Colleen has written three books to help writers succeed. Your Writing Matters is the most recent, and was a bronze medal winner in the Reader Views Literary Awards (2022). Writer Get Noticed! was a gold-medal winner in the Reader’s Favorite Book Awards and a first-place winner in the Reader Views Literary Awards (2019). Overwhelmed Writer Rescue was named Book by Book Publicity’s Best Writing/Publishing Book in 2018.
Colleen frequently serves as a workshop leader and motivational speaker, where she helps attendees remove mental and emotional blocks and tap into their unique creative powers.
Free chapters | Writing and Wellness | Author Site | Life and Everything After
Mike Van Horn says
Excellent advice! I’ve just published a marketing book that is full of topics I can blog about. I also write science fiction, and I find it more challenging to find good blog topics for those books.
My biggest challenge for blog posts is finding photos to illustrate them. That search takes longer than writing them. And Unsplash doesn’t have the type of pics that pertain to my topics. I’d love for you to write a post on obtaining pics for your post. (I’m intrigued by ChatGPT.)
V.M. Sang says
I love this post. I agree with you that a blog is a great way to interact with people.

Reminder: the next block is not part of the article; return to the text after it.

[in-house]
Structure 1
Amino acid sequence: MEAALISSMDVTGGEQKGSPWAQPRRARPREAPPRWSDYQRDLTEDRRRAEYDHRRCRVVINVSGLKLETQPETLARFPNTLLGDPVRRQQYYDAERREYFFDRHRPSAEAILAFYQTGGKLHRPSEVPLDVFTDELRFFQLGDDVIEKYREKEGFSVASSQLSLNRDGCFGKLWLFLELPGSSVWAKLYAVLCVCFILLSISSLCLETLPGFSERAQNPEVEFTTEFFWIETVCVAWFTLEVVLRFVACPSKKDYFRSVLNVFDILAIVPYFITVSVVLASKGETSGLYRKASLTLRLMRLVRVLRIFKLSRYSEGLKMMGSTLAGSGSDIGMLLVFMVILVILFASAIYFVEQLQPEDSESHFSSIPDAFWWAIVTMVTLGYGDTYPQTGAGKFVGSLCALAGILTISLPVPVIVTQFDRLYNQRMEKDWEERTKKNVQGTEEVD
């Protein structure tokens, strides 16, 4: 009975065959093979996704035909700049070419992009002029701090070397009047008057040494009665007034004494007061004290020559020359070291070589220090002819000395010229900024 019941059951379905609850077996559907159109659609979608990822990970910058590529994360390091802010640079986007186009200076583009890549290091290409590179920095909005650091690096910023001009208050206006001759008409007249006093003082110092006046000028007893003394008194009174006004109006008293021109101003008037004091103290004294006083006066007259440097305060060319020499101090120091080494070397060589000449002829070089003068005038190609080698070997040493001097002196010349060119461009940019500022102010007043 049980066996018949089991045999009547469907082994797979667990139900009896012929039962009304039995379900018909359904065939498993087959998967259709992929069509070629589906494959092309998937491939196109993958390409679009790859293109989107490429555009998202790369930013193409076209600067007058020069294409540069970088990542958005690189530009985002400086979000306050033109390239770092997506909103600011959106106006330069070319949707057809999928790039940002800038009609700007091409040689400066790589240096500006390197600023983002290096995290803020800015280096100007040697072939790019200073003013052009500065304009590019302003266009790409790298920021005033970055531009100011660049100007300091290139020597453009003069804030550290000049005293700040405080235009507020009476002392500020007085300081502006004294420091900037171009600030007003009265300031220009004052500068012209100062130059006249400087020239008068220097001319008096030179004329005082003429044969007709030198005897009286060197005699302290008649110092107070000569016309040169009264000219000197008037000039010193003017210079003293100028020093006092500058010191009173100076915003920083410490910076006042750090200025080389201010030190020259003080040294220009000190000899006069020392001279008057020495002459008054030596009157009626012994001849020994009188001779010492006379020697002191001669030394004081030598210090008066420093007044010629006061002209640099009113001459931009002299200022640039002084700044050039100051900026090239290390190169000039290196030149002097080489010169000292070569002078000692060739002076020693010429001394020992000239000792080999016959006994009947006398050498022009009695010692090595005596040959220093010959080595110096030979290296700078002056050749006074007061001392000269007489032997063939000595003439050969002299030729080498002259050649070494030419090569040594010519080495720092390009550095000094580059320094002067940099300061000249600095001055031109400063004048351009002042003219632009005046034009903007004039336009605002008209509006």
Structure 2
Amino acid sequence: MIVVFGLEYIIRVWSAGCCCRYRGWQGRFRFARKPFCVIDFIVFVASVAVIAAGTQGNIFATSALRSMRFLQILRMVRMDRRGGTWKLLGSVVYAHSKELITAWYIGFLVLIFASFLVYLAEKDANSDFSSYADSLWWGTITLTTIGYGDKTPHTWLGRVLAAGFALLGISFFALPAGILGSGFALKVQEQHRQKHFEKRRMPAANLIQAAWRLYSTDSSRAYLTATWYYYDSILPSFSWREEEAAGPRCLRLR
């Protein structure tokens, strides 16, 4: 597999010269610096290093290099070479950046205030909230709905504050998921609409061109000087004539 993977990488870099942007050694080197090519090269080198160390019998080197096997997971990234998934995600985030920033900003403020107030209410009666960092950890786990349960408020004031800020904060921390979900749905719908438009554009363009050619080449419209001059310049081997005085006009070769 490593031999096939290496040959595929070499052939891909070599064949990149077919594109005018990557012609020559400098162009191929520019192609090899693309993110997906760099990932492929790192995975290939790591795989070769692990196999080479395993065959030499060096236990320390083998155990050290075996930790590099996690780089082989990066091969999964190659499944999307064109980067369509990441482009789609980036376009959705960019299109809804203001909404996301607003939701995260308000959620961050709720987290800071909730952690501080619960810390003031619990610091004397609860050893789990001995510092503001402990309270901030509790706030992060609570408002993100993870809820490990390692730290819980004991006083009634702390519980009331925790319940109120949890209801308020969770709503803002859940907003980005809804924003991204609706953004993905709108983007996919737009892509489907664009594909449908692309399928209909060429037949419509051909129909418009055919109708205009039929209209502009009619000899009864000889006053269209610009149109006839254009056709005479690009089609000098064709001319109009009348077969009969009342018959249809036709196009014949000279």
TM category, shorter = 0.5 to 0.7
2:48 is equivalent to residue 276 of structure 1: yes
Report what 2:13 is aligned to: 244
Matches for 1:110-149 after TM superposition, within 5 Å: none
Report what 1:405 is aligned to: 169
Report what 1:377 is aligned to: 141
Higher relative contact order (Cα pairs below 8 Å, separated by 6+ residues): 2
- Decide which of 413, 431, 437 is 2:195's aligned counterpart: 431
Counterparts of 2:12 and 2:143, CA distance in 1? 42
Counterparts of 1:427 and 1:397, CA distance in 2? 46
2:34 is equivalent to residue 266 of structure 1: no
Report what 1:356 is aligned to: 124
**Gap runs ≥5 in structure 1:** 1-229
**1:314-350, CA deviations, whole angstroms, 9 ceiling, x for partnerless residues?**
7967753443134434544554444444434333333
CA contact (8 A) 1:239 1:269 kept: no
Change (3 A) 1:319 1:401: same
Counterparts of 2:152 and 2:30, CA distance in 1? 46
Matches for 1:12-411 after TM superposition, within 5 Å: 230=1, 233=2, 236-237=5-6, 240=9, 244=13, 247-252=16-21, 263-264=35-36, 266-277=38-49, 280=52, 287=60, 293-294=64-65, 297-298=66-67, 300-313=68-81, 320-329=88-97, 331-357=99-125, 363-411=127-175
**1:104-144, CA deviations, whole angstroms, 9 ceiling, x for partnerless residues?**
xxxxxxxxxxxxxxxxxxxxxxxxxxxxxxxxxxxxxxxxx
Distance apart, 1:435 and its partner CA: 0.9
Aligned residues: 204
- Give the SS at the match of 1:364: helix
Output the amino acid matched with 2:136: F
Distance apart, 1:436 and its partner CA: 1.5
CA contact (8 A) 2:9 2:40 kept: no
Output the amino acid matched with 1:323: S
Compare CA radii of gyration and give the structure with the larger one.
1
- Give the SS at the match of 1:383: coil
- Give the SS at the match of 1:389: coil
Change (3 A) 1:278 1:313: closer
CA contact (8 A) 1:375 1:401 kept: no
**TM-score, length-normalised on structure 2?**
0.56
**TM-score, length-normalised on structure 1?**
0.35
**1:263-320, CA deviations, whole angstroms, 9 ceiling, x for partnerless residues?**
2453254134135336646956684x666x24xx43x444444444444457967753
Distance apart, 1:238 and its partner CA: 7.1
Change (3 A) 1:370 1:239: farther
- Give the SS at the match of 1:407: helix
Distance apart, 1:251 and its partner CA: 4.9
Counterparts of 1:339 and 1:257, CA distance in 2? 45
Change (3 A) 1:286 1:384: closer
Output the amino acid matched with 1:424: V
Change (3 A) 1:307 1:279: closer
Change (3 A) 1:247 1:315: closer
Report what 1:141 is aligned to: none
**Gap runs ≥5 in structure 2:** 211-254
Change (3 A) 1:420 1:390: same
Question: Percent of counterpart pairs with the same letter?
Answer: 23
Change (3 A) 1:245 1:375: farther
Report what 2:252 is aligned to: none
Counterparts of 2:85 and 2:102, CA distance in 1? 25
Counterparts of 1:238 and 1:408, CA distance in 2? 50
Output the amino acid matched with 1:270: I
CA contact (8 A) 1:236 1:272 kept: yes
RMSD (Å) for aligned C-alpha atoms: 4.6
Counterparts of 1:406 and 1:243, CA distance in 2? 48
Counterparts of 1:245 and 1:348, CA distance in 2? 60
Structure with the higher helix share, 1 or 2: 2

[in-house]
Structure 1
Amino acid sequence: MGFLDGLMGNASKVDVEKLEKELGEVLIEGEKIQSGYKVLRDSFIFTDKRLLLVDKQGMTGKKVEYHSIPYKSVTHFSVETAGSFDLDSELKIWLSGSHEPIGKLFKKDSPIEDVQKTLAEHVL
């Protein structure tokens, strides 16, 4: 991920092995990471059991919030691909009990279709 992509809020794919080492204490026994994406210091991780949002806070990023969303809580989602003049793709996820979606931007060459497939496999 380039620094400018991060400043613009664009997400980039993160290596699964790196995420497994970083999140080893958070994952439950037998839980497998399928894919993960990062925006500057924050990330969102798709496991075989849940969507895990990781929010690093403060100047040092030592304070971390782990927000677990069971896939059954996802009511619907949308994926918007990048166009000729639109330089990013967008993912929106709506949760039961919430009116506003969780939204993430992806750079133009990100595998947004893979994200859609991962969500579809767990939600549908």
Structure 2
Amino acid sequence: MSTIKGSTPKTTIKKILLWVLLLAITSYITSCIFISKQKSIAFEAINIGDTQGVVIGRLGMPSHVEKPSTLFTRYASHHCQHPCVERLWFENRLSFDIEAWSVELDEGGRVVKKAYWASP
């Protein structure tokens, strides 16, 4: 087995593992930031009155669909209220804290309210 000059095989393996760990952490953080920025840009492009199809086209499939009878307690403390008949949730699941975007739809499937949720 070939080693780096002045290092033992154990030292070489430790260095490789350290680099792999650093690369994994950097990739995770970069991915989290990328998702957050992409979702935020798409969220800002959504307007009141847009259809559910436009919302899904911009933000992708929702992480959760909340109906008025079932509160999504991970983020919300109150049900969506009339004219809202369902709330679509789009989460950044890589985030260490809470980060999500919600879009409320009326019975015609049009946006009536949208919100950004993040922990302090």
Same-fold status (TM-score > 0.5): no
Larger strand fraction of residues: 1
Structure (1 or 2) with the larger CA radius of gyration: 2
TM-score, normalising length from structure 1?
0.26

I have met other authors through blogging who have helped me enormously. Also, I have had reviews from people who read my books because they visited my blog.
I don’t have any one particular theme, though. I write whatever I feel like at the time. It could be something about a character in one of my books, or an interview with another author. Maybe something about a place I visited, or an excerpt from one of my books. I might write a post about one of the wild flowers that grow here in the UK, or poem.
I blog once a week. That’s all I have time for. I don’t know how some writers manage a daily blog!
Kristina Lucien says
I am an aspiring fantasy/sci-fi author and I have a bilingual activist blog about disability justice and queer rights called The Once and Future Cripple.
Deborah Makarios says
Good to know a blog is still useful! I’m getting back into blogging after a couple of hard years – most recently, with a post titled Compost Your Enemies.